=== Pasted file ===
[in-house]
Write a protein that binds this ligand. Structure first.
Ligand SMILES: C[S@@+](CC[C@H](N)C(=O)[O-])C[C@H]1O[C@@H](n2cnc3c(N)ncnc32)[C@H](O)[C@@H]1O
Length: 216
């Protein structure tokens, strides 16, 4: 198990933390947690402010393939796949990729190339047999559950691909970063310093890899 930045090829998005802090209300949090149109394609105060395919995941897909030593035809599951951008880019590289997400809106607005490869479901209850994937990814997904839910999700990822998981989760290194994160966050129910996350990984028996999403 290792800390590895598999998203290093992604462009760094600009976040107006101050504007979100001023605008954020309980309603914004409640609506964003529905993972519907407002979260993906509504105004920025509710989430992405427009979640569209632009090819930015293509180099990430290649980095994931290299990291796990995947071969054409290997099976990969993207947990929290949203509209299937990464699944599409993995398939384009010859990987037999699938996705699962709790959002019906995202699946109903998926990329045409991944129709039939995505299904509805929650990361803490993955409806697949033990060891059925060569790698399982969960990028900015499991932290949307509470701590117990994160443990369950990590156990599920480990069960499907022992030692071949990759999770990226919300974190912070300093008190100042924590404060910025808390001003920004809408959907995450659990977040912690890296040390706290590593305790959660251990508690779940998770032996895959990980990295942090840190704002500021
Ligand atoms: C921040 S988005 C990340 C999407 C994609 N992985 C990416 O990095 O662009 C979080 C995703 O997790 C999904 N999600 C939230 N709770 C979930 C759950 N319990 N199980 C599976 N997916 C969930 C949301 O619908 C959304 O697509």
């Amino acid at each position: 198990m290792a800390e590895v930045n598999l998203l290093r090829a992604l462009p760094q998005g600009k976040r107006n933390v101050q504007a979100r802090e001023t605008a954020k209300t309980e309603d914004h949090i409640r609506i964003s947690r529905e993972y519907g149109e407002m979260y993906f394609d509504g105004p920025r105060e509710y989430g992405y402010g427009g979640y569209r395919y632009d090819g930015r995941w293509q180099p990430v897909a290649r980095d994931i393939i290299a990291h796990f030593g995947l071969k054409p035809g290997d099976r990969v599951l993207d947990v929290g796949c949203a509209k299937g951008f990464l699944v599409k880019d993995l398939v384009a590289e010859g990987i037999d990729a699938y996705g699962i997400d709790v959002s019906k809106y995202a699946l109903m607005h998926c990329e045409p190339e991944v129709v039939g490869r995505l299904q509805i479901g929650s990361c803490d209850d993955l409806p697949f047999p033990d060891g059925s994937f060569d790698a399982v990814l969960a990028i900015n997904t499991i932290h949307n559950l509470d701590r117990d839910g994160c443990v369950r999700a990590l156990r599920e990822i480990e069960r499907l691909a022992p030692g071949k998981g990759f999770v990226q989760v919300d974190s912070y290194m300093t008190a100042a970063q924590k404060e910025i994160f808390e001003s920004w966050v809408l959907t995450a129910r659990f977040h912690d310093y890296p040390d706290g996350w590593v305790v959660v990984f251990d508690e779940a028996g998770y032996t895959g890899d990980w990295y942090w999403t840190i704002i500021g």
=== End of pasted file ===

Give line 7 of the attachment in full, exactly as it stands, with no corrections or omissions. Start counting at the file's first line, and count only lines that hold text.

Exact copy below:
């Amino acid at each position: 198990m290792a800390e590895v930045n598999l998203l290093r090829a992604l462009p760094q998005g600009k976040r107006n933390v101050q504007a979100r802090e001023t605008a954020k209300t309980e309603d914004h949090i409640r609506i964003s947690r529905e993972y519907g149109e407002m979260y993906f394609d509504g105004p920025r105060e509710y989430g992405y402010g427009g979640y569209r395919y632009d090819g930015r995941w293509q180099p990430v897909a290649r980095d994931i393939i290299a990291h796990f030593g995947l071969k054409p035809g290997d099976r990969v599951l993207d947990v929290g796949c949203a509209k299937g951008f990464l699944v599409k880019d993995l398939v384009a590289e010859g990987i037999d990729a699938y996705g699962i997400d709790v959002s019906k809106y995202a699946l109903m607005h998926c990329e045409p190339e991944v129709v039939g490869r995505l299904q509805i479901g929650s990361c803490d209850d993955l409806p697949f047999p033990d060891g059925s994937f060569d790698a399982v990814l969960a990028i900015n997904t499991i932290h949307n559950l509470d701590r117990d839910g994160c443990v369950r999700a990590l156990r599920e990822i480990e069960r499907l691909a022992p030692g071949k998981g990759f999770v990226q989760v919300d974190s912070y290194m300093t008190a100042a970063q924590k404060e910025i994160f808390e001003s920004w966050v809408l959907t995450a129910r659990f977040h912690d310093y890296p040390d706290g996350w590593v305790v959660v990984f251990d508690e779940a028996g998770y032996t895959g890899d990980w990295y942090w999403t840190i704002i500021g």